BY SILAS NKALA
HUMAN rights watchdog, Zimbabwe Peace Project (ZPP) says Zimbabwe is on the brink of conflict brought on by escalating economic problems that came after the ban of the multi-currency system.
In its latest report released yesterday, ZPP said the month of July had not brought any joy to Zimbabweans as living conditions further deteriorated.
“The month of July had sadly not brought much to celebrate for Zimbabweans as the country is cascading into the precipice of conflict amid a continued deterioration in living conditions,” the ZPP report read.
“The economy is officially experiencing hyperinflation as the Zimbabwean dollar has shed 41,57% during this month (July) alone, rolling power cuts of over 17 hours, evermore increasing intimidation by mainly ruling party officials against a frustrated citizenry, as well as blatant deprivation of food and other aid to people deemed to be opposition supporters.”
The report further said: “The situation obtaining in the country shows deteriorating living conditions. Most concerning is the harassment and intimidation by mainly ruling party representatives of the public when they express their frustrations about poor living conditions. One such incident happened in Beitbridge, Dulibadzimu township when Finot Ndou threatened to kill Marshall Mbedzi for criticising President Emmerson Mnangagwa’s administration.”
ZPP noted the increased involvement of war veterans in violations such as intimidation, assault and coercion of people to contribute funds towards Heroes Day celebrations to be held next week.
“Sentiments expressed by Deputy Minister of Defence and War Veterans Victor Matemadanda at a meeting in Gweru on July 27 that government will unleash the Zimbabwe Defence Forces (ZDF) to crush any ‘violent’ protest have further highlighted the increasingly prominent role that war veterans are playing in sowing fear and despondency,” ZPP said.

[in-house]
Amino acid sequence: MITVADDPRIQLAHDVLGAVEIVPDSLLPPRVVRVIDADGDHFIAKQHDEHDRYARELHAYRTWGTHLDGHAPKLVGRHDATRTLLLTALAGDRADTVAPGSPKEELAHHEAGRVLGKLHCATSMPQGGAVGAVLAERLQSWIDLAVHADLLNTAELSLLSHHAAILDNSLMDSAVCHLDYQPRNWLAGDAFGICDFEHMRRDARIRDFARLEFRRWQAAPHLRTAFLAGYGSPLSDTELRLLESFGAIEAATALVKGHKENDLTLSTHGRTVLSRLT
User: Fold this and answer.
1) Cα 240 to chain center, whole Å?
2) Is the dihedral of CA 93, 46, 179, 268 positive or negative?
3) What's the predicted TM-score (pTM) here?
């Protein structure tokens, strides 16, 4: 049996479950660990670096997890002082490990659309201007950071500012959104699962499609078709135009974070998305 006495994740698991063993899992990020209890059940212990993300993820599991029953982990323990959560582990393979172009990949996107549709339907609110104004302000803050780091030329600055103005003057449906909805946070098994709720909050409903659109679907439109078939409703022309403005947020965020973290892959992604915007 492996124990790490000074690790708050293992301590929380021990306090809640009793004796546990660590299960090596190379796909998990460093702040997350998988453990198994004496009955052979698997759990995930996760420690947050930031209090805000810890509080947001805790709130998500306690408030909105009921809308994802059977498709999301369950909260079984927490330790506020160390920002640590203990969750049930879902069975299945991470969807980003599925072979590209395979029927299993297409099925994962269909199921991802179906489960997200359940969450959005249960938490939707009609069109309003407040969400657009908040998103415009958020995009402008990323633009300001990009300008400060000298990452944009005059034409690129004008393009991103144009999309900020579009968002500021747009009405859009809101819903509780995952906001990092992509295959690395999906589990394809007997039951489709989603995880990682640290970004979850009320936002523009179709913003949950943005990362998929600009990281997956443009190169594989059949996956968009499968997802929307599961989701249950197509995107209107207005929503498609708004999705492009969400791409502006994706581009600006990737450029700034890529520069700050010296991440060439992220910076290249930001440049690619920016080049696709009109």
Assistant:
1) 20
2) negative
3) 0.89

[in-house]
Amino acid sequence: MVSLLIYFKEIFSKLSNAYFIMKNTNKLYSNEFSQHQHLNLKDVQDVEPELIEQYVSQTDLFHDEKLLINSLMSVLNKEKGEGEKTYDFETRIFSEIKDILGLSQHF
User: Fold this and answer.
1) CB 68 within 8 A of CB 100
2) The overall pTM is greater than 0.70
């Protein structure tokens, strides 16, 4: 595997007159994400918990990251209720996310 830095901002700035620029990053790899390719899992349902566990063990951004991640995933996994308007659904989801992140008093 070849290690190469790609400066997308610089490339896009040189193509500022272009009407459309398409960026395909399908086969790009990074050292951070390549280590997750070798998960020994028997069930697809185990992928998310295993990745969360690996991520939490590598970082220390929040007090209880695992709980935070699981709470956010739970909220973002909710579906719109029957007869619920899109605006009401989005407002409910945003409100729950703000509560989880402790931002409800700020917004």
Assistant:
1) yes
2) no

“Such incidents are indicative of continued increases in human rights violations, most prominently cases of intimidation and harassment. These violations are on a steady increase from 57,9% in April, 57,3% and 59,3% in May and June respectively and this month (July) we noted an increase to 62,6% recorded cases. This indicates a continuing toxic environment and notably these violations are around food and other aid distribution.”
ZPP reported that Mashonaland Central was the hotbed of violations contributing 20,9% cases, followed by Mashonaland East at 19,4%, while Manicaland and Mashonaland West sat on 14,7% each.
“Previously, Matabeleland North, South and Bulawayo provinces have recorded low cases of human rights violations with an average of 2,9% in the months of April and June. However, in July the figure has increased to an average of 7,1%, indicating how widespread human rights violations are becoming,” ZPP reported.
“Deterioration of economic conditions has continued unabated in the month of July. According to ZimStats the inflation rate between May and June rose from 97,85% to 175,6%. The Zimbabwean dollar has reportedly shed 41,57% value in the month of July alone. The noose is further tightened on struggling Zimbabweans through shortages of fuel, water, electricity among other basics.”
ZPP said although economic challenges are affecting all Zimbabweans, there seems to be a perception by Zanu PF members that complaining about poor living conditions is tantamount to insulting the ruling party.
The human rights watchdog indicated that in Mazowe Central at Kanyemba village on July 13, two Zanu PF supporters and an MDC member clashed after an argument on the return of the Zimbabwe dollar.
“The Zanu PF supporters claimed that prices of basic commodities will be affordable in time, however, the MDC member chastised them stating that their party was failing to revive the economy. A verbal altercation was reported resulting in a violent fistfight which was stopped by other villagers,” ZPP said.
“In Insiza North constituency, at Filabusi Business Centre, a delegation of eight Zanu PF youths led by a man popularly known as ‘Moyoza’ were moving about shops checking prices. The youths were intimidating and threatening shop owners to reduce prices and noting those still charging in foreign currency.
“Shop owners were threatened to heed the presidential call to reduce prices or risk losing their licences.”